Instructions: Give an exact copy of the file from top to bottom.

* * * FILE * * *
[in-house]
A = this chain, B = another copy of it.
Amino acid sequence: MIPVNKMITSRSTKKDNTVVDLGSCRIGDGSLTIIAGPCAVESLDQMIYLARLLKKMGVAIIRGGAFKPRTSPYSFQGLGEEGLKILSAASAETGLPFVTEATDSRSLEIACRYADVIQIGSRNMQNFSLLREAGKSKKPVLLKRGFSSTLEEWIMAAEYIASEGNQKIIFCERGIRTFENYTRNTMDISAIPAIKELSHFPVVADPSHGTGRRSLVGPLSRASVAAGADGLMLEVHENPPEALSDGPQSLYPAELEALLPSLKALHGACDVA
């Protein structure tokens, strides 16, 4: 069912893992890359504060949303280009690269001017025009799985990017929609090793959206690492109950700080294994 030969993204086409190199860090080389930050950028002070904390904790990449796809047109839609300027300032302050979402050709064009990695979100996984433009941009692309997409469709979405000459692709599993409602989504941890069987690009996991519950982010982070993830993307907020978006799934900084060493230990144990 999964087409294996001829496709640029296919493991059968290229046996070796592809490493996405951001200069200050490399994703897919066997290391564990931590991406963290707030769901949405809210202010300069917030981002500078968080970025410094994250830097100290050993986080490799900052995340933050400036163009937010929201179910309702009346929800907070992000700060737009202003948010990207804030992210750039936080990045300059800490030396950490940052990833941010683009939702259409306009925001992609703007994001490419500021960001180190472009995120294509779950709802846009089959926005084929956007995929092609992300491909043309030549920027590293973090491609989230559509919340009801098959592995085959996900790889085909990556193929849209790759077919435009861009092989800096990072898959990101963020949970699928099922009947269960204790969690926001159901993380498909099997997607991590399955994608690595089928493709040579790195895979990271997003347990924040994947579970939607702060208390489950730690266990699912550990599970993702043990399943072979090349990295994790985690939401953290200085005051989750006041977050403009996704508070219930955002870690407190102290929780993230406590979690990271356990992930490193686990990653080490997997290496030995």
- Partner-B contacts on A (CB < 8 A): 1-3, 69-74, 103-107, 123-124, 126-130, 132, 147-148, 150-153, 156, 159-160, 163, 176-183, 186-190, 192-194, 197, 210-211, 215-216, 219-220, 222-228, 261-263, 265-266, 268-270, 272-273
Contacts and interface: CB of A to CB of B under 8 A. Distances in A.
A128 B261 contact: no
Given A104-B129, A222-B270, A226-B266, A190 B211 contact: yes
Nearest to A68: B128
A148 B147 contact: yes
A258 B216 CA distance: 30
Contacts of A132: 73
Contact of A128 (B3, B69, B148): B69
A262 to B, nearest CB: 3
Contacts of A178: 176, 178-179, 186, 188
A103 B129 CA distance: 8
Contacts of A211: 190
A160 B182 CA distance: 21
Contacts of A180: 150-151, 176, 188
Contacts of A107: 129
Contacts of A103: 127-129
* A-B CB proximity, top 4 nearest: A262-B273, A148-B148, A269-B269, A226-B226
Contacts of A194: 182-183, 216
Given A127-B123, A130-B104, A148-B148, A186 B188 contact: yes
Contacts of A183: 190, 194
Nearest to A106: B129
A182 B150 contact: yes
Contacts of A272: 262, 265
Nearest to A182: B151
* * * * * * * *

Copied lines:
[in-house]
A = this chain, B = another copy of it.
Amino acid sequence: MIPVNKMITSRSTKKDNTVVDLGSCRIGDGSLTIIAGPCAVESLDQMIYLARLLKKMGVAIIRGGAFKPRTSPYSFQGLGEEGLKILSAASAETGLPFVTEATDSRSLEIACRYADVIQIGSRNMQNFSLLREAGKSKKPVLLKRGFSSTLEEWIMAAEYIASEGNQKIIFCERGIRTFENYTRNTMDISAIPAIKELSHFPVVADPSHGTGRRSLVGPLSRASVAAGADGLMLEVHENPPEALSDGPQSLYPAELEALLPSLKALHGACDVA
């Protein structure tokens, strides 16, 4: 069912893992890359504060949303280009690269001017025009799985990017929609090793959206690492109950700080294994 030969993204086409190199860090080389930050950028002070904390904790990449796809047109839609300027300032302050979402050709064009990695979100996984433009941009692309997409469709979405000459692709599993409602989504941890069987690009996991519950982010982070993830993307907020978006799934900084060493230990144990 999964087409294996001829496709640029296919493991059968290229046996070796592809490493996405951001200069200050490399994703897919066997290391564990931590991406963290707030769901949405809210202010300069917030981002500078968080970025410094994250830097100290050993986080490799900052995340933050400036163009937010929201179910309702009346929800907070992000700060737009202003948010990207804030992210750039936080990045300059800490030396950490940052990833941010683009939702259409306009925001992609703007994001490419500021960001180190472009995120294509779950709802846009089959926005084929956007995929092609992300491909043309030549920027590293973090491609989230559509919340009801098959592995085959996900790889085909990556193929849209790759077919435009861009092989800096990072898959990101963020949970699928099922009947269960204790969690926001159901993380498909099997997607991590399955994608690595089928493709040579790195895979990271997003347990924040994947579970939607702060208390489950730690266990699912550990599970993702043990399943072979090349990295994790985690939401953290200085005051989750006041977050403009996704508070219930955002870690407190102290929780993230406590979690990271356990992930490193686990990653080490997997290496030995």
- Partner-B contacts on A (CB < 8 A): 1-3, 69-74, 103-107, 123-124, 126-130, 132, 147-148, 150-153, 156, 159-160, 163, 176-183, 186-190, 192-194, 197, 210-211, 215-216, 219-220, 222-228, 261-263, 265-266, 268-270, 272-273
Contacts and interface: CB of A to CB of B under 8 A. Distances in A.
A128 B261 contact: no
Given A104-B129, A222-B270, A226-B266, A190 B211 contact: yes
Nearest to A68: B128
A148 B147 contact: yes
A258 B216 CA distance: 30
Contacts of A132: 73
Contact of A128 (B3, B69, B148): B69
A262 to B, nearest CB: 3
Contacts of A178: 176, 178-179, 186, 188
A103 B129 CA distance: 8
Contacts of A211: 190
A160 B182 CA distance: 21
Contacts of A180: 150-151, 176, 188
Contacts of A107: 129
Contacts of A103: 127-129
* A-B CB proximity, top 4 nearest: A262-B273, A148-B148, A269-B269, A226-B226
Contacts of A194: 182-183, 216
Given A127-B123, A130-B104, A148-B148, A186 B188 contact: yes
Contacts of A183: 190, 194
Nearest to A106: B129
A182 B150 contact: yes
Contacts of A272: 262, 265
Nearest to A182: B151